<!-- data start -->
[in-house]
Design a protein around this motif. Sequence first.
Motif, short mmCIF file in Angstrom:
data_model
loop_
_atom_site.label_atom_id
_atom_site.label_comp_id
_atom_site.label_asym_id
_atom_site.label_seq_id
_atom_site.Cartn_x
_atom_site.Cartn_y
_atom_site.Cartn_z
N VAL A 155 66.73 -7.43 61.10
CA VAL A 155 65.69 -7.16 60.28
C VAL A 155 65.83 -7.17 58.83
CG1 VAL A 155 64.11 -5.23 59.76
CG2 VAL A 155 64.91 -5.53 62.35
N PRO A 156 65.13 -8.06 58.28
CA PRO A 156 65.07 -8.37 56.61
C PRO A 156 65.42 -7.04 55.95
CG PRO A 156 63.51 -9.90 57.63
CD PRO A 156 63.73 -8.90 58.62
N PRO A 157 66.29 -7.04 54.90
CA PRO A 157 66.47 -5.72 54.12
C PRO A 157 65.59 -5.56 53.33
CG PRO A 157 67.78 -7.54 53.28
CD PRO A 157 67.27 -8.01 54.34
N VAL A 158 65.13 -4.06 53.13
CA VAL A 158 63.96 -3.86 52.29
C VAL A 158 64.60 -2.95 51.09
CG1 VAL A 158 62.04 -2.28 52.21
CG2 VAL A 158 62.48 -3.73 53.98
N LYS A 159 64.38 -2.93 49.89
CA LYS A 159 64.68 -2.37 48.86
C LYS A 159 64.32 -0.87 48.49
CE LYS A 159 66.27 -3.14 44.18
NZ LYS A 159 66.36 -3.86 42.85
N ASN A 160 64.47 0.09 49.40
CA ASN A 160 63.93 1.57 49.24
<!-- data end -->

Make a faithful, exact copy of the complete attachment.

[in-house]
Design a protein around this motif. Sequence first.
Motif, short mmCIF file in Angstrom:
data_model
loop_
_atom_site.label_atom_id
_atom_site.label_comp_id
_atom_site.label_asym_id
_atom_site.label_seq_id
_atom_site.Cartn_x
_atom_site.Cartn_y
_atom_site.Cartn_z
N VAL A 155 66.73 -7.43 61.10
CA VAL A 155 65.69 -7.16 60.28
C VAL A 155 65.83 -7.17 58.83
CG1 VAL A 155 64.11 -5.23 59.76
CG2 VAL A 155 64.91 -5.53 62.35
N PRO A 156 65.13 -8.06 58.28
CA PRO A 156 65.07 -8.37 56.61
C PRO A 156 65.42 -7.04 55.95
CG PRO A 156 63.51 -9.90 57.63
CD PRO A 156 63.73 -8.90 58.62
N PRO A 157 66.29 -7.04 54.90
CA PRO A 157 66.47 -5.72 54.12
C PRO A 157 65.59 -5.56 53.33
CG PRO A 157 67.78 -7.54 53.28
CD PRO A 157 67.27 -8.01 54.34
N VAL A 158 65.13 -4.06 53.13
CA VAL A 158 63.96 -3.86 52.29
C VAL A 158 64.60 -2.95 51.09
CG1 VAL A 158 62.04 -2.28 52.21
CG2 VAL A 158 62.48 -3.73 53.98
N LYS A 159 64.38 -2.93 49.89
CA LYS A 159 64.68 -2.37 48.86
C LYS A 159 64.32 -0.87 48.49
CE LYS A 159 66.27 -3.14 44.18
NZ LYS A 159 66.36 -3.86 42.85
N ASN A 160 64.47 0.09 49.40
CA ASN A 160 63.93 1.57 49.24